How Companies Can Use Generational Differences To Their Advantage

It’s natural for any new worker to look around to see how many people are around their age at first, but there’s a huge opportunity lost when companies only recruit one age group.

Generational conflict will always exist based on style preference alone.

But workplaces can flip the script on older vs. younger in one swoop: cross-generational mentoring.

When you think of mentor it is assumed older-to-younger knowledge transfer, but don’t mistake age for experience.

Millennials were raised with technology so even with lacking workplace experience, their digital knowledge is far superior than generations above them. On the opposite end Boomers and Gen X understand office politics, communication and responsibility better.

This “fair trade” can be a huge asset to your bottom line if utilized properly.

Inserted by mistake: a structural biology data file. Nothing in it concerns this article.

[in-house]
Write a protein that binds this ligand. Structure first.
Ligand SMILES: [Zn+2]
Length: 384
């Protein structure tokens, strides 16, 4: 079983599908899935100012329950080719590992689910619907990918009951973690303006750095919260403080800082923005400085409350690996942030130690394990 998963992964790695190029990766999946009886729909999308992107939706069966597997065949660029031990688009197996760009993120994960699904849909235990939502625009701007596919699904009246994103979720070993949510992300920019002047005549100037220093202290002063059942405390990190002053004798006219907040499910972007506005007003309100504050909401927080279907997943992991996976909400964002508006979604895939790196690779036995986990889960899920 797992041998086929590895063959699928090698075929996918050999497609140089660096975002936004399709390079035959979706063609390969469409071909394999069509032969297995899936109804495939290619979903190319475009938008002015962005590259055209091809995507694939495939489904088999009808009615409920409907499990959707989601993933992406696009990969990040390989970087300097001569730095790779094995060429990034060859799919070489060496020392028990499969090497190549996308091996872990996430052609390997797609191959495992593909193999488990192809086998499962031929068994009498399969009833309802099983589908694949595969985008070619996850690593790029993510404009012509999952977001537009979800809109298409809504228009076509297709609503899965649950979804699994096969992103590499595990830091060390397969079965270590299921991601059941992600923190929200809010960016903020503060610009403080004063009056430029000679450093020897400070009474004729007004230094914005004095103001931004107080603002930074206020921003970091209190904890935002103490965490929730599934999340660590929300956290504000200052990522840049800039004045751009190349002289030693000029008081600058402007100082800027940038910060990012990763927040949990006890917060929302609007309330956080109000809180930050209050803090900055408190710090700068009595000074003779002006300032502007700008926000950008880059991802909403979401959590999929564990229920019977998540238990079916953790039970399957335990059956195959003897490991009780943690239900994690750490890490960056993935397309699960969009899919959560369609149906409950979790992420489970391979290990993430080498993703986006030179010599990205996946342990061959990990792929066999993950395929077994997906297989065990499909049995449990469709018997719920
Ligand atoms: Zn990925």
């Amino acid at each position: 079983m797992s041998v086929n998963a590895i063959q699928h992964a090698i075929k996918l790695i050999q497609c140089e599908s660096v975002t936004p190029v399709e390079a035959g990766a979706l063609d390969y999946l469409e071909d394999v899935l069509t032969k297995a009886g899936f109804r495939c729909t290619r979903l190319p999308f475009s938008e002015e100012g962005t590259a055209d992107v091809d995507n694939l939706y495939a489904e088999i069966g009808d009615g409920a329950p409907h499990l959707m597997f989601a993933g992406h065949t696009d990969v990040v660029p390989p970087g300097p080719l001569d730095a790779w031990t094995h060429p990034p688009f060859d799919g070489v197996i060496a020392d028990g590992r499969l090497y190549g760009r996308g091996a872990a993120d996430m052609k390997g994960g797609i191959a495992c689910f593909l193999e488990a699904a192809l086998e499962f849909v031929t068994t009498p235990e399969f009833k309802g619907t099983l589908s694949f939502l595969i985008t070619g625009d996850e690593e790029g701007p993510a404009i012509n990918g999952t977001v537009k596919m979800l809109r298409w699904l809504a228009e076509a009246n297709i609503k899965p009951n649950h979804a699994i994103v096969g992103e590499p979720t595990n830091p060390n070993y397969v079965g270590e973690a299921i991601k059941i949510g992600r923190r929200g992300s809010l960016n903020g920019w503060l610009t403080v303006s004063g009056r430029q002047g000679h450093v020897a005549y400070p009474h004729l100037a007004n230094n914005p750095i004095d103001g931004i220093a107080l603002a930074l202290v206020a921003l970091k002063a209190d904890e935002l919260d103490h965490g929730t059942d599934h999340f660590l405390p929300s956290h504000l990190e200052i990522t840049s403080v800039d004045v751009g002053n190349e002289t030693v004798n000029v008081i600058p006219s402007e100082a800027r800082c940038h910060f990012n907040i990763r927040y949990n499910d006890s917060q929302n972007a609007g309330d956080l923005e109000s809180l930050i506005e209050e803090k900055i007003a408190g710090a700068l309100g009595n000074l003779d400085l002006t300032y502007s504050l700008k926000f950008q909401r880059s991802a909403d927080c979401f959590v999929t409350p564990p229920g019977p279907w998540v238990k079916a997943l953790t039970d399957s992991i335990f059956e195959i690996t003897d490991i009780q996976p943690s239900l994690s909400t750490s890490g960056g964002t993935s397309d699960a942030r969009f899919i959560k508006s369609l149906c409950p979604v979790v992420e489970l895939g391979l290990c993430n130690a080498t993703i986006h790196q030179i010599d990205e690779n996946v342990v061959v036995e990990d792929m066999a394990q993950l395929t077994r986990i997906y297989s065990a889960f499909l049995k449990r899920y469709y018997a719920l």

There’s no better teacher than trial and error. Also if you really want to understand a concept, teach it. When workers are paired with co-workers of different ages the focus is on individual strengths instead of nitpicking about disparity.

Professional development is a huge retention benefit and when companies empower that responsibility to co-workers there’s more ownership taken because each person is involved with the process.

The term diversity normally pertains to ethnicity, but age diversity is just as important.

The healthiest organizations find ways to appreciate and value workers of all ages because everyone has something to offer others.

If employees expect management to provide direction solely, workers gain a “consumer’s” mentality believing learning needs to be spoon-fed to me. When cross-generational mentoring exists “learning” becomes a personal responsibility. Companies need to quickly dispel the notion that growth opportunities only happen within a organizational context.

When I advise clients who are job searching I always emphasize that personal growth is your responsibility. Anything a company provides is a bonus.

Make it your mission to find a mentor and mentee and learning becomes a habit, not a destination.

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